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UK government borrowing falls to 18-year low

Chancellor Philip Hammond had cause to celebrate yesterday after official figures showed the UK Government logged its largest July surplus in 18 years.

THE UK Chancellor Philip Hammond was given cause to celebrate yesterday as official figures showed the Government logged its largest July surplus in 18 years.

Data from the Office for National Statistics (ONS) has revealed that public sector net borrowing, excluding state-owned banks, was in surplus by £2 billion in July, £1bn more than the surplus logged in July 2017. It is the largest July surplus recorded since 2000 and far above the £1.1bn expected by economists.

Government coffers were bolstered by receipts on self-assessed income tax, which are usually higher in January and to a lesser extent in July.

The figures also showed that the deficit, excluding banks, in the current financial year to date was £12.8bn, which is £8.5bn less than during the same period in 2017.

That covers the period between April to July this year.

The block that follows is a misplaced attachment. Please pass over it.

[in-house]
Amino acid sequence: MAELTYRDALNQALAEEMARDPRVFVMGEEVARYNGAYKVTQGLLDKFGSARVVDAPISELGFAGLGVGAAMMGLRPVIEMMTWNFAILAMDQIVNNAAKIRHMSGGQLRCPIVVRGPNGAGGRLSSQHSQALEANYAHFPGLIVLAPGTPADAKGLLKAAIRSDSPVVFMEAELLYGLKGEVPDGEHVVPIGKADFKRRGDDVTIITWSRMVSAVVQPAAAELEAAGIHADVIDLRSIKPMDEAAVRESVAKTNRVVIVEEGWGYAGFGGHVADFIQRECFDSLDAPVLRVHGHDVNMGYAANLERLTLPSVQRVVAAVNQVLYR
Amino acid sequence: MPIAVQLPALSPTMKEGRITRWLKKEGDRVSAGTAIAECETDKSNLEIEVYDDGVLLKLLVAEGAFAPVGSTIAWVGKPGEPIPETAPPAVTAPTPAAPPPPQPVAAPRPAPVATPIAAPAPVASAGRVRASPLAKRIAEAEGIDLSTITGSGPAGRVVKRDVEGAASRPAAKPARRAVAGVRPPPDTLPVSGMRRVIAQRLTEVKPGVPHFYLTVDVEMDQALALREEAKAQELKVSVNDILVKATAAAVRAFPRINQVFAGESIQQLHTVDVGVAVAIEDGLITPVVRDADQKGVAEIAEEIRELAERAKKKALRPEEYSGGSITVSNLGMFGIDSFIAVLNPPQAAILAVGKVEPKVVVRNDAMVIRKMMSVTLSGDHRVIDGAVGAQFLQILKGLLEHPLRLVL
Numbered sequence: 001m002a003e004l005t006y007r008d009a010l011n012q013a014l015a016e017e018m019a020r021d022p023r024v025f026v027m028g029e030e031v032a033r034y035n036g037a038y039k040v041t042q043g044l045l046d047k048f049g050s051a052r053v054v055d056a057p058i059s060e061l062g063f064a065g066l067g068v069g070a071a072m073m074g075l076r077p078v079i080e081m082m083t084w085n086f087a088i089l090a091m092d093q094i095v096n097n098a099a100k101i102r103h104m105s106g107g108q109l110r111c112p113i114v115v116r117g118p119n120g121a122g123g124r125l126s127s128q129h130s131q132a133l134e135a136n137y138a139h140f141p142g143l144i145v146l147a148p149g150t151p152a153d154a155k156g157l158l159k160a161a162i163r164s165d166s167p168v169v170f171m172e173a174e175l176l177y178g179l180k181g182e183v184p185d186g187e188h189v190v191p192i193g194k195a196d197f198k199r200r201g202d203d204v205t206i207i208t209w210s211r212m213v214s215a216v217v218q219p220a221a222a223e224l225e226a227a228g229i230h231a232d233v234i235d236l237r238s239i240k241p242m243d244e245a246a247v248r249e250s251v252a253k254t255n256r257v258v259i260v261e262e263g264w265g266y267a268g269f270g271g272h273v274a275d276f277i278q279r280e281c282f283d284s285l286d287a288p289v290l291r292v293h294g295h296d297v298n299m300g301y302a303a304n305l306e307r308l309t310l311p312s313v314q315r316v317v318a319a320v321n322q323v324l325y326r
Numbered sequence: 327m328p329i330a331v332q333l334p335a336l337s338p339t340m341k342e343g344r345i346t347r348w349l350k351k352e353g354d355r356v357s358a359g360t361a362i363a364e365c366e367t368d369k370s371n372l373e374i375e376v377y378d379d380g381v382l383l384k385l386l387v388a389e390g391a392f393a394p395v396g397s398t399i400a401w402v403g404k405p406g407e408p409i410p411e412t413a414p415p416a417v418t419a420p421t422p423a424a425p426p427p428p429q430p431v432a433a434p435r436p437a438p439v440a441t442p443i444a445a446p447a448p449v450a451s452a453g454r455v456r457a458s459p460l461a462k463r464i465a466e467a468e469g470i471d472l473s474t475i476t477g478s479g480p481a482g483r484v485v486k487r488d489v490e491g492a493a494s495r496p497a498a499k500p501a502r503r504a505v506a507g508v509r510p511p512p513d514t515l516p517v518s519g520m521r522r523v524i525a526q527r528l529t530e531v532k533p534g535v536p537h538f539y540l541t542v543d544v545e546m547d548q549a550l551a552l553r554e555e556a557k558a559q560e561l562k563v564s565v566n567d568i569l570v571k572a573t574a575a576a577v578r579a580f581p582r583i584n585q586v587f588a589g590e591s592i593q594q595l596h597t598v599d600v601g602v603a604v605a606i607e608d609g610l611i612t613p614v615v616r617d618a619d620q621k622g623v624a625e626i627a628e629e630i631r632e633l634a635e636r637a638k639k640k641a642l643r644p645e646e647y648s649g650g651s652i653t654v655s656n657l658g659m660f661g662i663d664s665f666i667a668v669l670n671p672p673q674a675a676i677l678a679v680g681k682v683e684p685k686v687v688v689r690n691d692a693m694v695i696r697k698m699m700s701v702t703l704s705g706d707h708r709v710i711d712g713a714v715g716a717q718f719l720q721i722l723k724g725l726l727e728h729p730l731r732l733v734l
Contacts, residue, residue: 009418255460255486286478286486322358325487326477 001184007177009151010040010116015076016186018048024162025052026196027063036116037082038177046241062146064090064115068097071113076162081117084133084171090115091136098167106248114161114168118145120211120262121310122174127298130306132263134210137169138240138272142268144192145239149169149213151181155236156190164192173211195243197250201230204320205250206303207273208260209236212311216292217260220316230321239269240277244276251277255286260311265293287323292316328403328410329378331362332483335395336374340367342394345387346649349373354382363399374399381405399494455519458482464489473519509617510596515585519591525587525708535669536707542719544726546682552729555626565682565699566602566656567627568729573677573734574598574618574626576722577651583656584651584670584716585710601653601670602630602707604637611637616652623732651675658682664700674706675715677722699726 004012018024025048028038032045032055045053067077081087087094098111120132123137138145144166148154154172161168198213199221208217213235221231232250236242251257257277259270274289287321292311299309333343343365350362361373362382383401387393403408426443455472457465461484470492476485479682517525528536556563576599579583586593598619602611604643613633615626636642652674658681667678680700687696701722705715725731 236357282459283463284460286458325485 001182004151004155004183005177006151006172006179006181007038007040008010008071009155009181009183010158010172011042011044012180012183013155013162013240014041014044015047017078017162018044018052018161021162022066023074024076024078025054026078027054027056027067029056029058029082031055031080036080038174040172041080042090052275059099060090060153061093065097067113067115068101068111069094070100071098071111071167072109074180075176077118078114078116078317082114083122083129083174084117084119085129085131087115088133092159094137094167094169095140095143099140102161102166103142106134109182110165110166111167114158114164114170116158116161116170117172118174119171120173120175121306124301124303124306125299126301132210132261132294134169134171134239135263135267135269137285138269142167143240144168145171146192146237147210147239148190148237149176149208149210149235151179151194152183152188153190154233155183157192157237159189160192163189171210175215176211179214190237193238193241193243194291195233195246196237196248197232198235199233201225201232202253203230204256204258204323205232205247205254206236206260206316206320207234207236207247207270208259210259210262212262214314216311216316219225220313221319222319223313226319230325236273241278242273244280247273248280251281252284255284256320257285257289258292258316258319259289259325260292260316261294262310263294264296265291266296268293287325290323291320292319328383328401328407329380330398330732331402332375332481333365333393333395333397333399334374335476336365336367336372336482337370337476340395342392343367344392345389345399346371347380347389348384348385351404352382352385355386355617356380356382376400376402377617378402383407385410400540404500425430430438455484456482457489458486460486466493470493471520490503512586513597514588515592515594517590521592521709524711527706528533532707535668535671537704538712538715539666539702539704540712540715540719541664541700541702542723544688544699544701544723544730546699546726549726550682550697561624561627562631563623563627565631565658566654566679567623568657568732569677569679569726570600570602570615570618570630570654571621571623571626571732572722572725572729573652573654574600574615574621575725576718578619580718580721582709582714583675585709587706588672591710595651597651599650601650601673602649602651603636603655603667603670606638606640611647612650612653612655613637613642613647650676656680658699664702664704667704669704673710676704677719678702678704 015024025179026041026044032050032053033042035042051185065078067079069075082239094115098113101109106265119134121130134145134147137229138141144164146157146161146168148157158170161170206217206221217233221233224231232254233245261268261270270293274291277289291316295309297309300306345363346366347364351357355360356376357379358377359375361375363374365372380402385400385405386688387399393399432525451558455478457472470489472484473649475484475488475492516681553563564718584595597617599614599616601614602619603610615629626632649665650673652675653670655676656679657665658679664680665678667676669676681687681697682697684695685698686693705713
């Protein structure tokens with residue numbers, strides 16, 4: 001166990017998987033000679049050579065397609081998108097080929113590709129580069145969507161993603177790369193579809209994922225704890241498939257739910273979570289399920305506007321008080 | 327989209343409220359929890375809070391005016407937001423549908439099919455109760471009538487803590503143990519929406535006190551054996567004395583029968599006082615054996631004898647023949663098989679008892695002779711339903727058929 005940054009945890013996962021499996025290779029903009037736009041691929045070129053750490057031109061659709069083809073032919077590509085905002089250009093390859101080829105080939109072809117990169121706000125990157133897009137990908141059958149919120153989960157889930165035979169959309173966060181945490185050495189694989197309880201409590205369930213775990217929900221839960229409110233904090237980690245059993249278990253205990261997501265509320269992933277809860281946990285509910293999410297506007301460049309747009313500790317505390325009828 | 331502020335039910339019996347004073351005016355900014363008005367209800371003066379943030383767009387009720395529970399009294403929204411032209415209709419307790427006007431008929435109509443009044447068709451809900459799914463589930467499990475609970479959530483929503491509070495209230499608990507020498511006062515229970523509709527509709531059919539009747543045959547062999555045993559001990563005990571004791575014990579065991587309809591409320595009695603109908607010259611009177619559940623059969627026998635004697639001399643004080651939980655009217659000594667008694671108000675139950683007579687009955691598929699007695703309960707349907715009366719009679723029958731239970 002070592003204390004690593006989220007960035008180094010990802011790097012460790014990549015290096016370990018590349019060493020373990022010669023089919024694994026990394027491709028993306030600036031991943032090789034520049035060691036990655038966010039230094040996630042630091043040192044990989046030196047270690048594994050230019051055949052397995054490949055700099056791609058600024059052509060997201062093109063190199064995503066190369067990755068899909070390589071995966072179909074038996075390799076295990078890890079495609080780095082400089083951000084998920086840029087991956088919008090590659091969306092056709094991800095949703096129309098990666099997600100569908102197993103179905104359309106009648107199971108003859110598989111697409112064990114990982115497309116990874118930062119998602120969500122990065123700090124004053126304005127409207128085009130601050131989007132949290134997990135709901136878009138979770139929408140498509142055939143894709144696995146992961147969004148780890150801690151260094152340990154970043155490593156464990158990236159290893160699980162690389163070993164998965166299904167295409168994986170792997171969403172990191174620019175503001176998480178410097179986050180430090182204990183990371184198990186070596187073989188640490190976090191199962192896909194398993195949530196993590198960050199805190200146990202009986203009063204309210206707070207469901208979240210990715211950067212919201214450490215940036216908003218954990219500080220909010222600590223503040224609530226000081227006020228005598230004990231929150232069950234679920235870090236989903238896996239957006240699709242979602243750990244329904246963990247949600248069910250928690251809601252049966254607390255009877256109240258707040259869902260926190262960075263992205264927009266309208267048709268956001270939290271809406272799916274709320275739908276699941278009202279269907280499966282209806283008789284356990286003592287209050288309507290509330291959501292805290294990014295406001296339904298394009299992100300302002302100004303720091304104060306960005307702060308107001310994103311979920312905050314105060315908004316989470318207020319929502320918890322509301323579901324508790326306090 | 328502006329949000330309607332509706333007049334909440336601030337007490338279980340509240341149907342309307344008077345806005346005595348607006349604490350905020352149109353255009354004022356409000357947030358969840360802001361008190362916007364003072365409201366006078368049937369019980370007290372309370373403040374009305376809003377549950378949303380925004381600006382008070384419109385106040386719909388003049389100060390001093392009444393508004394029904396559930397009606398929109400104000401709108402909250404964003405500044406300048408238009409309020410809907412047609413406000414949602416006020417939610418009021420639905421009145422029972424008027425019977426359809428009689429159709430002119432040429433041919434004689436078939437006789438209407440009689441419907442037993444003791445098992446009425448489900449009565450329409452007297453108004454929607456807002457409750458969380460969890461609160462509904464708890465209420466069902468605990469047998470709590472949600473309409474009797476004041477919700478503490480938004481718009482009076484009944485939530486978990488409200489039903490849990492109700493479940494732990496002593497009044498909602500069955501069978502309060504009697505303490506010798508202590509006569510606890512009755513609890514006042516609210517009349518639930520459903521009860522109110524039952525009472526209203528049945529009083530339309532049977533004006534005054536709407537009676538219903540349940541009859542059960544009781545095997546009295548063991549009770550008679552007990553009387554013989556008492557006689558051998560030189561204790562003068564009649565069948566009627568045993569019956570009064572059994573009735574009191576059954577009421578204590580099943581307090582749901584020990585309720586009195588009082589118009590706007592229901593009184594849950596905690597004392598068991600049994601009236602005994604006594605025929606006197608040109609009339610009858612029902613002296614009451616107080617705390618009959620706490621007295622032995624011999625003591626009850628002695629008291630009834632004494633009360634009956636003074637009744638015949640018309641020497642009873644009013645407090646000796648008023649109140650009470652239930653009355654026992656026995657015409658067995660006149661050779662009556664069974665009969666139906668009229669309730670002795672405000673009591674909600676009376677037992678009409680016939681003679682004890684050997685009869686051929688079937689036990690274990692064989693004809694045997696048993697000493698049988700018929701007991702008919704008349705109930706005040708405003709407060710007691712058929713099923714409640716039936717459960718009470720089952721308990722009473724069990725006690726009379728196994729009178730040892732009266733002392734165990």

Public sector net debt, excluding state-owned banks, increased by £17.5bn to £1,777.5bn in July, equivalent to 84.3 per cent of gross domestic product (GDP).

Howard Archer, chief economic adviser for the EY ITEM Club, said that if the pattern observed over the past four months continues, public sector net borrowing excluding banks would come in at £23.7bn for the full fiscal year.

That would be "substantially below the £37.1bn shortfall expected", he noted.

At this rate, the Chancellor could scrap plans for further fiscal tightening over the next two years at the upcoming autumn budget while keeping public finances on track, according to Pantheon Macroeconomics' chief UK economist Samuel Tombs.

"Public borrowing has remained on a sharp downward trend, creating scope for the Chancellor to pause the fiscal consolidation next year and still meet his self-prescribed targets," he said.

However, "faced with pressure from his own MPs to boost his party's opinion poll standing and the political imperative to show that the economy has prospered after leaving the EU in March 2019, we expect the Chancellor to use this scope to borrow more", Mr Tombs added.

"That said, with extra money already earmarked for the NHS, the scope for tax cuts is modest."

Mr Archer also said it was "unlikely" that public finances will be able to "sustain their current rate of improvement".

He added: "They have significantly benefited from muted Government expenditure so far in this fiscal year (up just 0.7% year-on-year during April-July).

"This can be significantly influenced by the timing of payments over the year, including to the EU."

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